I’m going to preface this blog with something of an apology: this article probably won’t be particularly good in any sense of the word. It’ll probably be a little rambly, a little incoherent, and largely redundant. But it will be something, and at the end of the day, that’s all I’m really hoping it will be.
As most people in North America and Western Europe know (and I only specify because I’ve noticed someone from both India and Laos have been tuning in on a semi-regular basis; hi, by the way!), the holidays that strangle December are something of a mad dash to get all the things done. I can scarcely think of a single line of work that isn’t swamped with too much to do before the end of the calendar and fiscal year. The insanity of trying to get everything done for those ambiguous holidays is an all too familiar sensation.
Much like many others, I felt the squeeze of time in the school programs I was in. Exams were coming up, things were due, and I was starting a new part-time job. Throw into the mix a worsening mental health condition (as always happens around that time of year for reasons that I’ll delve into another time), I found myself with less and less energy to put towards creating. Anything, really.
Well, I’ve been mostly absent from this site for a few weeks now and it’s about time I started getting back into doing things like I’m supposed to. Following through on obligations, completing projects, returning to old outlets that I haven’t updated in far too long; the usual mess of things. And the first step to that is almost always the hardest: resuming that momentum that was lost due to apathy or lack of productivity.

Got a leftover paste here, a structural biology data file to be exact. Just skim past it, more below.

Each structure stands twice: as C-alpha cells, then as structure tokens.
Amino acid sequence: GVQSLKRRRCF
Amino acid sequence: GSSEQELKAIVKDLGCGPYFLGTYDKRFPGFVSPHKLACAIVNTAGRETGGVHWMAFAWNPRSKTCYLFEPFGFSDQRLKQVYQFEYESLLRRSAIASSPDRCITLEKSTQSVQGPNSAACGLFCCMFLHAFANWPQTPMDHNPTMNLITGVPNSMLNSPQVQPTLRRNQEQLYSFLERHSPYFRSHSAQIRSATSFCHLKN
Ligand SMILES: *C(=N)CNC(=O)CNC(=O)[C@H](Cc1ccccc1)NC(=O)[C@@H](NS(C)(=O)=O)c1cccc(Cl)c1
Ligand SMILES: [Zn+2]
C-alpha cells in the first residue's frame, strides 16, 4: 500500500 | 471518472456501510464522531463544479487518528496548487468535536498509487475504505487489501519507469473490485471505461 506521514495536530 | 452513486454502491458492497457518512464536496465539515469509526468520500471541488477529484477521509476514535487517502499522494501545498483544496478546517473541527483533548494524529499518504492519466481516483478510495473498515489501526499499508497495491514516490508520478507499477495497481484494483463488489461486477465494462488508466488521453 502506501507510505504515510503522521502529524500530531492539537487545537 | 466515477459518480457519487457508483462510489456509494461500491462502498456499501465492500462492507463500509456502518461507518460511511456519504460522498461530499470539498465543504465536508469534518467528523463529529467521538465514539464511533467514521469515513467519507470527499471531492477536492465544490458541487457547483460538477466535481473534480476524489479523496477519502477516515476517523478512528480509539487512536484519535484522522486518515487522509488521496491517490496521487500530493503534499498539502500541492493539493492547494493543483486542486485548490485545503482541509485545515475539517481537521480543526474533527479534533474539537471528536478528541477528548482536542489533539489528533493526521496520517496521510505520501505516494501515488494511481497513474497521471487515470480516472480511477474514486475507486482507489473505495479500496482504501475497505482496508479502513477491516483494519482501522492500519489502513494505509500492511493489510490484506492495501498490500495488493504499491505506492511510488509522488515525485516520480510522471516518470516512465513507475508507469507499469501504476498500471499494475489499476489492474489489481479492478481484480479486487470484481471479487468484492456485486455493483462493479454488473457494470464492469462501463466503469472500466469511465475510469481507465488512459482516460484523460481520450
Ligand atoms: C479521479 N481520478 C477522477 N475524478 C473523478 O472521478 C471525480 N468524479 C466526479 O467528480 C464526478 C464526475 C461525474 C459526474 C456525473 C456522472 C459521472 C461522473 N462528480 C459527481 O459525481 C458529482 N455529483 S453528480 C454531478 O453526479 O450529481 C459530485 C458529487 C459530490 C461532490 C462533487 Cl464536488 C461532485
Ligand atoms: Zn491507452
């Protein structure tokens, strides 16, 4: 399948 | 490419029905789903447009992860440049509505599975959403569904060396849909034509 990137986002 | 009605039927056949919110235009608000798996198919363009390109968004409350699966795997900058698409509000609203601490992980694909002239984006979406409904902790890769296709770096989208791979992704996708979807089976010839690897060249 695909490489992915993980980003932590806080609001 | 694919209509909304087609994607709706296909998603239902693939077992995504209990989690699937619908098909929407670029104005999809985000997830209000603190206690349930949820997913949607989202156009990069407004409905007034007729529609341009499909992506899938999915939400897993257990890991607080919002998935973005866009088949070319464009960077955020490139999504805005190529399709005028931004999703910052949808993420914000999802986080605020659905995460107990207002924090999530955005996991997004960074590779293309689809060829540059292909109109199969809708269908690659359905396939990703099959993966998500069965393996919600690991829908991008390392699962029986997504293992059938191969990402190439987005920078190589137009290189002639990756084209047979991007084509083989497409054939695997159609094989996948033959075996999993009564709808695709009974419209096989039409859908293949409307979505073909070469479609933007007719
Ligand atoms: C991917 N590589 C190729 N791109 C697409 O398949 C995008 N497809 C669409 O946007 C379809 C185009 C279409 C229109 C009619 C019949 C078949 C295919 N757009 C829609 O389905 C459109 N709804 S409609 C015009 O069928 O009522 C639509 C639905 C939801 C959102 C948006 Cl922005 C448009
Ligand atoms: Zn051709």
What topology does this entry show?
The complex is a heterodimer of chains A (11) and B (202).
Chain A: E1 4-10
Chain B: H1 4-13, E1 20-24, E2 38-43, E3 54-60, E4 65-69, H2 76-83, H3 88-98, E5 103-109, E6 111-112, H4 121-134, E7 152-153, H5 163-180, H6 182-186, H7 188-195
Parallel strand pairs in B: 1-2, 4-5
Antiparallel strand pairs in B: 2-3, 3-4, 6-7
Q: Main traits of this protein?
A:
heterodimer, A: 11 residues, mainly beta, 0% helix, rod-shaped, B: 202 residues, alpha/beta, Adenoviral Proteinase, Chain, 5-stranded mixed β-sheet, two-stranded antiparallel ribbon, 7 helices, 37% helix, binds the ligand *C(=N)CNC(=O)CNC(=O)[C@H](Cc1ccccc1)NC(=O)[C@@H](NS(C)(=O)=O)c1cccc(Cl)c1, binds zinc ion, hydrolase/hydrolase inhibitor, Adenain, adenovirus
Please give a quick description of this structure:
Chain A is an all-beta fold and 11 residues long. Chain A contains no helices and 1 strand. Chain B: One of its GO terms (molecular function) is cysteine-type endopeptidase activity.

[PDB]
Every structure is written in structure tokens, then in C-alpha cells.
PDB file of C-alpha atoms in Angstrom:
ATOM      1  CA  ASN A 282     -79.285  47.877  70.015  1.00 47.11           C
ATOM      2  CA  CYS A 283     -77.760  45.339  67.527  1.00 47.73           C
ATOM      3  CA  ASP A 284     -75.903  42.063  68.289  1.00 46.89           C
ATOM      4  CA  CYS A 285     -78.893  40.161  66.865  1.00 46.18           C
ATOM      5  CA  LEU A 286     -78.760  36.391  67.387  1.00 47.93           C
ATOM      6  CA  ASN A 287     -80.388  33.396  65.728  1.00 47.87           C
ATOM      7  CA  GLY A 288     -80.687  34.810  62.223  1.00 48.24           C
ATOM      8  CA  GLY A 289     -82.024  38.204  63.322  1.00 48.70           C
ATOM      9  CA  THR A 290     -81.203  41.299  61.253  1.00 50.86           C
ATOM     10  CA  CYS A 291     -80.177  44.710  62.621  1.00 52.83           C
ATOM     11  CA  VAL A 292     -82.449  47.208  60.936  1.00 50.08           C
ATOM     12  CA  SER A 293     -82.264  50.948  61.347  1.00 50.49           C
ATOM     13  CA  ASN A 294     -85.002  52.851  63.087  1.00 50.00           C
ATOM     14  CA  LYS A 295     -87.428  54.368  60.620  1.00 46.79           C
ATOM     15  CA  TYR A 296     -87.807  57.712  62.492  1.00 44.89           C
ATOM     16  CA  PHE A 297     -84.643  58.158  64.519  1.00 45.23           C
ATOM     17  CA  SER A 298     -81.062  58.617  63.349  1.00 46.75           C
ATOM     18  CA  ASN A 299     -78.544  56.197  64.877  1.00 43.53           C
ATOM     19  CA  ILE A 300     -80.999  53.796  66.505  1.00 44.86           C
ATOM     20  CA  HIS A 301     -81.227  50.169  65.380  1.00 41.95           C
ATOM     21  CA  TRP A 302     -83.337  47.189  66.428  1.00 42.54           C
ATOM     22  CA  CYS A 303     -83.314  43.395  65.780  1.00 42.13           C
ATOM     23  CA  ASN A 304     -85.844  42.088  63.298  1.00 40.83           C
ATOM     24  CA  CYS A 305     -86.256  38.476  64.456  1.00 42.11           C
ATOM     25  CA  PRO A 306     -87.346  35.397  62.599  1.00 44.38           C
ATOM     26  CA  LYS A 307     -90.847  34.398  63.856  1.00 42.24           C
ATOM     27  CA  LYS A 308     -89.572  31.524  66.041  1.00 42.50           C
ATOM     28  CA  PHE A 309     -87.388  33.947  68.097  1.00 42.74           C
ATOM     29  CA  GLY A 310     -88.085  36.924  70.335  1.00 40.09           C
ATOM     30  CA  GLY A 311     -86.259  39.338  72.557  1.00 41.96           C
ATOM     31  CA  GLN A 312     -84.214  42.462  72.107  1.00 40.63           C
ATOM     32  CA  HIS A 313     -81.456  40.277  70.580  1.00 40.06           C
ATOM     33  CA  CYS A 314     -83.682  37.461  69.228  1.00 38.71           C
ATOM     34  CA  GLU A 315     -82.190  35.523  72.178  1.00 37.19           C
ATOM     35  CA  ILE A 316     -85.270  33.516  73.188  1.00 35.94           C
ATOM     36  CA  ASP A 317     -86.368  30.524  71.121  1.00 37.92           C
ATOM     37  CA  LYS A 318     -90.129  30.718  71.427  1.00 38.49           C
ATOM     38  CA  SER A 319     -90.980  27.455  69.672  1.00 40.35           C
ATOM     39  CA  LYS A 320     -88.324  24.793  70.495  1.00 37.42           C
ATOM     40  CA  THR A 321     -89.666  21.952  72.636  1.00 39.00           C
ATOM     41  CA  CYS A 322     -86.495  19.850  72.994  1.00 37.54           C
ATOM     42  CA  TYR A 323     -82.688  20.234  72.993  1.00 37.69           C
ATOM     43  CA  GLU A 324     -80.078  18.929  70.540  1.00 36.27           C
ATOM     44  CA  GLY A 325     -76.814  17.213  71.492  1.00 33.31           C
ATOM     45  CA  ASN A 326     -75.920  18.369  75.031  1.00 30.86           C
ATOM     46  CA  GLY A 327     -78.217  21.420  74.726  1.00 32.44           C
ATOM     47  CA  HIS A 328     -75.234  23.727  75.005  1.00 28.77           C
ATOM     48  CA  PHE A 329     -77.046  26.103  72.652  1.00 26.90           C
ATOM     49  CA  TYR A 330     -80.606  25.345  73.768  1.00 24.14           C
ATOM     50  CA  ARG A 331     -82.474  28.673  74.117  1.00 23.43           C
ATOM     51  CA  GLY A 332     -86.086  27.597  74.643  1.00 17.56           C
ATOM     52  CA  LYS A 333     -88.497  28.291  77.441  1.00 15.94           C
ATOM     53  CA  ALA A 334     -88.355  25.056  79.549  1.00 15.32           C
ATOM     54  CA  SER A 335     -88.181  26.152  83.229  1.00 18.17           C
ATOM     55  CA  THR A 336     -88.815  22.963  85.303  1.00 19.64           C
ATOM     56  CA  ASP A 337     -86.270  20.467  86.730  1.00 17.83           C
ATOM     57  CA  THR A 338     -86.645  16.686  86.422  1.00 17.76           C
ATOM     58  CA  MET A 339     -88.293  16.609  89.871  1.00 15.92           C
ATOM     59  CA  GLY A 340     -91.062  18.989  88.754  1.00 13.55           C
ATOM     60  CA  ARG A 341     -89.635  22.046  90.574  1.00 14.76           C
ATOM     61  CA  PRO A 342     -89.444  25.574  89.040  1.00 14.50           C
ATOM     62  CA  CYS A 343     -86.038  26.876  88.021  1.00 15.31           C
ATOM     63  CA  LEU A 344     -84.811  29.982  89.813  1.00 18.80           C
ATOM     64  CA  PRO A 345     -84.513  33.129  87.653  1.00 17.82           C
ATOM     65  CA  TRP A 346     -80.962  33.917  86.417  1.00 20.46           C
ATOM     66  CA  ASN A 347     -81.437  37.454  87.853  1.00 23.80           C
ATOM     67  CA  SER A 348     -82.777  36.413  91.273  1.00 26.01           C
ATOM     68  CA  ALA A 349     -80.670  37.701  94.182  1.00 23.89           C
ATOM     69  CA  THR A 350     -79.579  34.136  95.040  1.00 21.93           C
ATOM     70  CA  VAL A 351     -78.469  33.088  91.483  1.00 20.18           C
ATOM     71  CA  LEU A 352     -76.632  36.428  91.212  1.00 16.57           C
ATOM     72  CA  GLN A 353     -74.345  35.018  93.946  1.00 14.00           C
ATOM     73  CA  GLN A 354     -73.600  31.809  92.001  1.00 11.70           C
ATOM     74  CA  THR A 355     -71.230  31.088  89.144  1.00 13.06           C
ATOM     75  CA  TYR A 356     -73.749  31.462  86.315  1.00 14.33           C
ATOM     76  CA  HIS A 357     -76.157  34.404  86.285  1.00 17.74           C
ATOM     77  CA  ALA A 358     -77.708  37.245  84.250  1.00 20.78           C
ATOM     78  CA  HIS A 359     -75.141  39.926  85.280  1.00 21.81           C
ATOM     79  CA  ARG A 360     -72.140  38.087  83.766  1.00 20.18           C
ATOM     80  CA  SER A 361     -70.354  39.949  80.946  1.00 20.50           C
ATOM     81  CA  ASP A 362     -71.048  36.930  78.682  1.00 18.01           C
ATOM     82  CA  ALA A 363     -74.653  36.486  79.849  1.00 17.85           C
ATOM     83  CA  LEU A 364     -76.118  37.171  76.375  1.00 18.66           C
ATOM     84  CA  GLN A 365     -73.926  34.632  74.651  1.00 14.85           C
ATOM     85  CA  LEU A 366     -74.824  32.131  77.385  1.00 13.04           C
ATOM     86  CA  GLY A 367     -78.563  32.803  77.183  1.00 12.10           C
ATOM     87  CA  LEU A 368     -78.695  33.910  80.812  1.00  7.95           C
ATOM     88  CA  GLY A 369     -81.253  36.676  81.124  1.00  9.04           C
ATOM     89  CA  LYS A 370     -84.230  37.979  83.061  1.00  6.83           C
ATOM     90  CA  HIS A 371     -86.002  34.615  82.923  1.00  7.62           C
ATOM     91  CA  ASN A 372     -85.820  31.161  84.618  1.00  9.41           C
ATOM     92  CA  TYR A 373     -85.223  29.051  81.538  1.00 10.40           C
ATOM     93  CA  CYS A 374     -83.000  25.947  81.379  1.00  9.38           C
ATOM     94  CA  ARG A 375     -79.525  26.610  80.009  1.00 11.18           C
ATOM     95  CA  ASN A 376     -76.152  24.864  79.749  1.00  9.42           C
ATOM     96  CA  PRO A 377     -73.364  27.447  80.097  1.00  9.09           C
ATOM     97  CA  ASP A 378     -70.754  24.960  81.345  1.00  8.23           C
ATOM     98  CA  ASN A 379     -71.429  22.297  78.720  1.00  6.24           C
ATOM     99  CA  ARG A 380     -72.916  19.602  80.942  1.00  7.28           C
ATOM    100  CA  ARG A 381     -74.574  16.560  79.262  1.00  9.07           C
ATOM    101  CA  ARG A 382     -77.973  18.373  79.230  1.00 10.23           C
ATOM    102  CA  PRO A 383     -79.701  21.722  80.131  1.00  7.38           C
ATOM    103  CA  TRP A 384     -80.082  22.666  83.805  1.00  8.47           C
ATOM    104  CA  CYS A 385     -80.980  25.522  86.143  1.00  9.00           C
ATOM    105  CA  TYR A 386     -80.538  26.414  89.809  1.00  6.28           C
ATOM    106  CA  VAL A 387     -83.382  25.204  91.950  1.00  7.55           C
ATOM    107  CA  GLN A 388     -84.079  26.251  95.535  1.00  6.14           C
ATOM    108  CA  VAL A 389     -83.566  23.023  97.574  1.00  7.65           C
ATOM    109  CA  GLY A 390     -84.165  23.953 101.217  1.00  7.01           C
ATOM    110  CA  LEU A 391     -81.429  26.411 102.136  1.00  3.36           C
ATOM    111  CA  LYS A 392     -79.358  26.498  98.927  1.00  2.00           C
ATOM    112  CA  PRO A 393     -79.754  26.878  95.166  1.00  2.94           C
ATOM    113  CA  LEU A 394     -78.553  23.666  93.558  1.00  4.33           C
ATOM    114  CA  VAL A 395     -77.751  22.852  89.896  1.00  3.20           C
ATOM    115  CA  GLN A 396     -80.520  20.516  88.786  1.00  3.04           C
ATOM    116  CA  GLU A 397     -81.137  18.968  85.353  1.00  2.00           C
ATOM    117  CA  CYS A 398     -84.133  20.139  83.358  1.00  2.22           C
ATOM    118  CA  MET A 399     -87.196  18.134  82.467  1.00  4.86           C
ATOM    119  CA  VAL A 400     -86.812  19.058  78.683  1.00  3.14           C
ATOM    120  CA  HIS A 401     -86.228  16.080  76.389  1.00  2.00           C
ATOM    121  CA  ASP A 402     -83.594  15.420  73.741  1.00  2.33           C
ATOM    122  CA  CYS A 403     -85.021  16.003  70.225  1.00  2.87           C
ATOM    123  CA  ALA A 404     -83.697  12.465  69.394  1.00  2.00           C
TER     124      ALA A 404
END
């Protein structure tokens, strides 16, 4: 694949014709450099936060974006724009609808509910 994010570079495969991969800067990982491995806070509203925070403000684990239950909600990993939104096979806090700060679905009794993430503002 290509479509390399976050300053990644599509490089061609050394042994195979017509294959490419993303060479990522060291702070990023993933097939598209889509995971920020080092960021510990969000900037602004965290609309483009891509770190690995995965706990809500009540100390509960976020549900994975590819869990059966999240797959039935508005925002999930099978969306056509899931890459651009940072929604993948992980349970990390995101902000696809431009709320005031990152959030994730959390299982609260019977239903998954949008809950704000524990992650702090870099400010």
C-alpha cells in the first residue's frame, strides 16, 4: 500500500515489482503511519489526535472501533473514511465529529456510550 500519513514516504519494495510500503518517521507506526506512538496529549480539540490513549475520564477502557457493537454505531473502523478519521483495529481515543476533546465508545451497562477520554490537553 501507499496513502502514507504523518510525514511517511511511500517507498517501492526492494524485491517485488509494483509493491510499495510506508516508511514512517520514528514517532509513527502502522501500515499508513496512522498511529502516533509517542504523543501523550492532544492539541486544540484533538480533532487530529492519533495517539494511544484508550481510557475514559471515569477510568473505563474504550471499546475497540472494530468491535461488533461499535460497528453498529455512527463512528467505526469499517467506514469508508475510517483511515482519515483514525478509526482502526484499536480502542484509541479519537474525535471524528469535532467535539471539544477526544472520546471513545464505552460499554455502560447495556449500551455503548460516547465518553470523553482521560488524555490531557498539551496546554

In fact, this is something that pretty well everyone can relate to in some form or another. Whether it’s been getting back into work if you were fortunate enough to have some time off over the holidays, or picking up an old hobby that you’ve since fallen out of, getting back that “motivation” is perhaps the hardest thing.
But at the end of it all, is it really motivation? Back when I used to work-out (another thing I’ll be getting back into), there was a quote written on a chalkboard that I really liked. And while I certainly can’t remember it word for word, it basically penned out along the lines of: “Motivation is the lazy person’s excuse. What you need is discipline to get it done when you have no motivation.”
It’s a pretty powerful message, and can be applied to most situations. Most recently, I encountered such a sensation when I was grinding away at my NaNoWriMo project (more on that another time) and after two weeks of hard writing, I was losing all sense of motivation to write. But, I HAD to write: to get something down even when I didn’t feel like it. True, reading back to those forced passages I wouldn’t consider it to be my finest work, but it was at least something. Something seems to almost always be better than nothing, or at least in cases where my creative writing and other similar branched projects are concerned.
And here’s the real bonus in those forced passages: I can change them. I can go back, polish it up until it reads a hella lot better and then carry on. Because I pushed myself to get it done, there is at least something resembling frame-work to build off of. And that’s a huge relief in and of itself.
This sense of just getting it done is something I need to turn my energies back towards in many things, and so I shall be doing so. To sit down and just start working on it again, even if I don’t really feel like it. As such, you’ll be seeing a return of regularly updated Station 85 nonsense, as well as a return of Whyte Gears Articles (the latter if not next Friday, then the one following).
Besides, there’s a small mountain of work I’ve been putting off for far too long: it’s time to stop wasting time and start spending it.